Traditional active or monitorial citizens? Citizenship Typology in Lithuania
Vytautas Magnus University, Lithuania
Democracy is rather fragile, when it is based on formal democratical institutions. Support for govermental institutions and citizen participation in the process of political governance is an essential condition for the functioning of democracy and ensuring the stability of society. Citizens are free to choose a number of ways to influence the political process. However, not all modes of political participation are equal with respect to the consolidation of newly established democratic system. High levels of institutional trust and conventional modes of participation constitute a precondition for a stable democratic system. On the other hand, participation in legal protest actions may be considered as acts of self-expression and it is not dangerous for stability of democracy.
The focus of this paper is to identify and to investigate types of citizenship in Lithuania. What groups of citizens in Lithuania may be distinguished in accordance with their level of interest in politics, political efficacy, trust to political institutions and participation in political acts? What are the factors that determine the differences between types of citizens? What are the causes and explanations of different patterns of political attitudes and participation between types of citizens?
Based on the survey conducted in Lithuania in 2010 and 60 semi-structured interviews, the paper draws conclusions that four types of citizens (trustful participants, traditional voters, distrusful activists, distrustful non-activists) may be indentified and they significantly differ by age, membership in nongovernmental organizations, interpersonal trust, satisfaction with life and evaluations of procedural justice in local government. From theoretical perspectives of active traditional and postmodern citizenship, the characteristics of identified groups are mixed, because of socioeconomic and cultural conditions in Lithuania.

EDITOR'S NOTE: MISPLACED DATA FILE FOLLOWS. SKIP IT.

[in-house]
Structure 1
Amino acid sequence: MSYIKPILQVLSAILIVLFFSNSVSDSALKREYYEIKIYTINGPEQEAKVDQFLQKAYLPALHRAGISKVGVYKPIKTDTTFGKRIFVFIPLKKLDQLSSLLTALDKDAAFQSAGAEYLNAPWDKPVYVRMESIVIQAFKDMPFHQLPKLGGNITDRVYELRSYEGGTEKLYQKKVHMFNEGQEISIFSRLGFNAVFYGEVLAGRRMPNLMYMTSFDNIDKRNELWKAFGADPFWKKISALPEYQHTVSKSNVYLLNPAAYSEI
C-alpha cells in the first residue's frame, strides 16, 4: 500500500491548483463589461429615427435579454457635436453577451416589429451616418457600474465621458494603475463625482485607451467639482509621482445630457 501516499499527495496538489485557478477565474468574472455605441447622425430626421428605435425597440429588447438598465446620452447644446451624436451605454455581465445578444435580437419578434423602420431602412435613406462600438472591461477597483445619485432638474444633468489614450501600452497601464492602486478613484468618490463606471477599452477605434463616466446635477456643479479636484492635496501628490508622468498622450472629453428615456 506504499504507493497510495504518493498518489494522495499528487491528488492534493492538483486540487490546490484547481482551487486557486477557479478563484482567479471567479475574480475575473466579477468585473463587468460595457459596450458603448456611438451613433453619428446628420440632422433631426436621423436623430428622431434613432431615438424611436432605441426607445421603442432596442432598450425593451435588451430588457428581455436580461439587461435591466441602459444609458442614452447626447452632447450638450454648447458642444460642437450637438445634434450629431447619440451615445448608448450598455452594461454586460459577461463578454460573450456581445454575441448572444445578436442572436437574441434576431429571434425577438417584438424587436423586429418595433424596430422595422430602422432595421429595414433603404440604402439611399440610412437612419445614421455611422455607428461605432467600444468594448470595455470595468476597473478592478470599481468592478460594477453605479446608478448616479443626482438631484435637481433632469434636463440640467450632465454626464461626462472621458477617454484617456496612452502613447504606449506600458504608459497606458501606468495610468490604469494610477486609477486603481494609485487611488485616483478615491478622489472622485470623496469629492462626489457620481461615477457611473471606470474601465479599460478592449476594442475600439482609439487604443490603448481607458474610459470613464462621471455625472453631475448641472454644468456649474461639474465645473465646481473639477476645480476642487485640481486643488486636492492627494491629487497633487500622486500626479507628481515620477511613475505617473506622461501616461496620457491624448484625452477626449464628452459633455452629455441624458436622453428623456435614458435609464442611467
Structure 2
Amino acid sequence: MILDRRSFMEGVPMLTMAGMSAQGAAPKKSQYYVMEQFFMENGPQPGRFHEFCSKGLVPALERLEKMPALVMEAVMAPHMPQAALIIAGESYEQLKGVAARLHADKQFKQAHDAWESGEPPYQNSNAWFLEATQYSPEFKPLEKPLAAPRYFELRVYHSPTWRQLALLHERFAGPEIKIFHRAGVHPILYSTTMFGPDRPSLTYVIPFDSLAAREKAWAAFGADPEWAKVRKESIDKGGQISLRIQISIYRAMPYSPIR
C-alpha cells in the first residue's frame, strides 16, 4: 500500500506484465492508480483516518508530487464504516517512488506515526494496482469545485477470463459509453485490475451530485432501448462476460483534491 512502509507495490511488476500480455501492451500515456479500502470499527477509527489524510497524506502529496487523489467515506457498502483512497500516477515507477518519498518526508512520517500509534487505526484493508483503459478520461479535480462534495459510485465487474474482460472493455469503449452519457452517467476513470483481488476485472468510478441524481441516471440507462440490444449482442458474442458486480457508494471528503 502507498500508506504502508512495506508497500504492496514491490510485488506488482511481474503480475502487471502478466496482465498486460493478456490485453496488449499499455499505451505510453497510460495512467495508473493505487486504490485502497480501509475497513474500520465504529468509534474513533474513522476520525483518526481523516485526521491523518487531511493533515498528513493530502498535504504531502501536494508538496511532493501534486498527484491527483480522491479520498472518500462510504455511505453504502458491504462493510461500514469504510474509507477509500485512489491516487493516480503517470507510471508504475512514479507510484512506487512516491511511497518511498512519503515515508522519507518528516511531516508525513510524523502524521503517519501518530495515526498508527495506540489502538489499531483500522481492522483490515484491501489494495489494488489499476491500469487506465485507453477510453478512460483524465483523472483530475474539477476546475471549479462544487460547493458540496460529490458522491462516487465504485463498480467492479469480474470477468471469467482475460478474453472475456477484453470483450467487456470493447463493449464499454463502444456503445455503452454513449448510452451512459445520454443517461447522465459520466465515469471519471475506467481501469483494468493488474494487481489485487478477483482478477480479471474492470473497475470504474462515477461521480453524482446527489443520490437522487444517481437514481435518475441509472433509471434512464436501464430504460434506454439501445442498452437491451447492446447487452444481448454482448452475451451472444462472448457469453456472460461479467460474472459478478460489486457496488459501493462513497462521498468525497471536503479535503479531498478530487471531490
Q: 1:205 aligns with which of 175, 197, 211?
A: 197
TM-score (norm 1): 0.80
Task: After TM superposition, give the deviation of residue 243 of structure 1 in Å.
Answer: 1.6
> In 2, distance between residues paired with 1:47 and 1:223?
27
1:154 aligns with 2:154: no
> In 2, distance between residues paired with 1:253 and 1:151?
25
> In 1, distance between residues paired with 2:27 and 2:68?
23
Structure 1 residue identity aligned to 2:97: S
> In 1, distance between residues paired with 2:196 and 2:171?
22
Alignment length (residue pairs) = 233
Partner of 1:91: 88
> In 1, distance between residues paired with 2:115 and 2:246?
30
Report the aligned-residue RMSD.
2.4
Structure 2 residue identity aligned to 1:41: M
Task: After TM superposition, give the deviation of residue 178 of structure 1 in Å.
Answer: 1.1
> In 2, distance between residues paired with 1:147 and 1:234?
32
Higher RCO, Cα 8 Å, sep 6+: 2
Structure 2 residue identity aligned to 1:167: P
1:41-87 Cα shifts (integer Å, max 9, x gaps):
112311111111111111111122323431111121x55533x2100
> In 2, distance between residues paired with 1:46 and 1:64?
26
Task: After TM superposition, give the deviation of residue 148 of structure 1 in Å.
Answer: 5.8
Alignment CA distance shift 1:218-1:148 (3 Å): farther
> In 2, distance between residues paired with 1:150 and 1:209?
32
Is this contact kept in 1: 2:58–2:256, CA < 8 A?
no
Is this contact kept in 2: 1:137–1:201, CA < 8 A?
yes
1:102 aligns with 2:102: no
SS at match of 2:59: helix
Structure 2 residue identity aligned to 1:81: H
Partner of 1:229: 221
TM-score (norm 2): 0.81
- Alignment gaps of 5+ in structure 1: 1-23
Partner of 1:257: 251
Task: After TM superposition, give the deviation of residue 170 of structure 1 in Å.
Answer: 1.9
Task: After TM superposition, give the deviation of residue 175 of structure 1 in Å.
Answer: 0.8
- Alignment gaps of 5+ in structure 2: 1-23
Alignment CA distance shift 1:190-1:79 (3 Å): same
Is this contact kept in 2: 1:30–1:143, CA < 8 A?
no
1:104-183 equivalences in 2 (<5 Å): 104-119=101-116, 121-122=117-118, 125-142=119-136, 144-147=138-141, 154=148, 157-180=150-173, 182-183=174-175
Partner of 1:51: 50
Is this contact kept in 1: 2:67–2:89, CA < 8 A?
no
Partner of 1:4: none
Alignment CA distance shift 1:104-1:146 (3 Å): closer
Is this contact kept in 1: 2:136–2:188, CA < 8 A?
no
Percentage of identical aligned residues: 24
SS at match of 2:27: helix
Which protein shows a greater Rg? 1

Digital Clientelism? Microtargeting as Promise and Contextualized Political Tool
University of Edinburgh, United Kingdom
One aspect of the datafication of everyday life are the opportunities that it affords political parties to take recourse to instruments of voter surveillance. Opinion surveys and market research are obvious precursors of data-mining and microtargeting. However, what proponents of microtargeting promise has little to do with attempts to capture the main or average interests and moods of a political public. The promise is instead to enable non-public particularistic pledges of politicians or parties to promote individuals’ welfare in a tailor-made fashion. In this regard it resembles clientelism.
The paper will first examine the promise of microtargeting by comparing it with clientelistic practices. Similarities concern personalization, the abandonment of universalistic claims and the role of surveillance. A comparison of the clientelistic relationship and the datafied relationship between politicians and voters can therefore shed light on possible consequences of microtargeting for the quality of democracy. At the same time, the realization of datafied political campaigning depends on institutional rules and established cultural frames. It is therefore likely to vary from country to country. In a second step the paper will introduce exemplary cases in which the potential of microtargeting to alter the relationship between politicians and voters varies. The overall aim is to further our understanding of the extent of the digital transformation of politics in comparative perspective.